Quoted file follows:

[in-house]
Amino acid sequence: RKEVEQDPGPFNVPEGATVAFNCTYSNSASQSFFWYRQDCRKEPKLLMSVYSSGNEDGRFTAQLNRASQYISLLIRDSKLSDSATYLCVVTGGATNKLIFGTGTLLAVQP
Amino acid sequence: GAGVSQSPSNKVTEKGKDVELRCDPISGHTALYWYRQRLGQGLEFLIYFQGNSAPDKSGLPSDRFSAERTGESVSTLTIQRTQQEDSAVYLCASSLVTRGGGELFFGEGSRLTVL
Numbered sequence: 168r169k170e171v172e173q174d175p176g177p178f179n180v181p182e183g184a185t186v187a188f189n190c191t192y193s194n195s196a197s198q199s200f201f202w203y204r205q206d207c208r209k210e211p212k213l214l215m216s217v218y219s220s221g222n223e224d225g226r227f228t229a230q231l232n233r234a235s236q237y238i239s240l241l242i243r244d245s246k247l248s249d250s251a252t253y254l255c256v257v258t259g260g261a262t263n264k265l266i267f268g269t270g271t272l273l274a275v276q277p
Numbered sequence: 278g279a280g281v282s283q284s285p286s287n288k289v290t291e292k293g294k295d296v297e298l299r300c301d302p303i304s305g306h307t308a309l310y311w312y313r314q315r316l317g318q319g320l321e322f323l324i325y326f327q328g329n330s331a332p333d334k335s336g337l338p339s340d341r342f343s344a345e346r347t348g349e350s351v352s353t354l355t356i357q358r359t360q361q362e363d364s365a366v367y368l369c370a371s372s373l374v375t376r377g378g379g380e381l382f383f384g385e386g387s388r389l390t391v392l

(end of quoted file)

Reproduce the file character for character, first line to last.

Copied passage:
[in-house]
Amino acid sequence: RKEVEQDPGPFNVPEGATVAFNCTYSNSASQSFFWYRQDCRKEPKLLMSVYSSGNEDGRFTAQLNRASQYISLLIRDSKLSDSATYLCVVTGGATNKLIFGTGTLLAVQP
Amino acid sequence: GAGVSQSPSNKVTEKGKDVELRCDPISGHTALYWYRQRLGQGLEFLIYFQGNSAPDKSGLPSDRFSAERTGESVSTLTIQRTQQEDSAVYLCASSLVTRGGGELFFGEGSRLTVL
Numbered sequence: 168r169k170e171v172e173q174d175p176g177p178f179n180v181p182e183g184a185t186v187a188f189n190c191t192y193s194n195s196a197s198q199s200f201f202w203y204r205q206d207c208r209k210e211p212k213l214l215m216s217v218y219s220s221g222n223e224d225g226r227f228t229a230q231l232n233r234a235s236q237y238i239s240l241l242i243r244d245s246k247l248s249d250s251a252t253y254l255c256v257v258t259g260g261a262t263n264k265l266i267f268g269t270g271t272l273l274a275v276q277p
Numbered sequence: 278g279a280g281v282s283q284s285p286s287n288k289v290t291e292k293g294k295d296v297e298l299r300c301d302p303i304s305g306h307t308a309l310y311w312y313r314q315r316l317g318q319g320l321e322f323l324i325y326f327q328g329n330s331a332p333d334k335s336g337l338p339s340d341r342f343s344a345e346r347t348g349e350s351v352s353t354l355t356i357q358r359t360q361q362e363d364s365a366v367y368l369c370a371s372s373l374v375t376r377g378g379g380e381l382f383f384g385e386g387s388r389l390t391v392l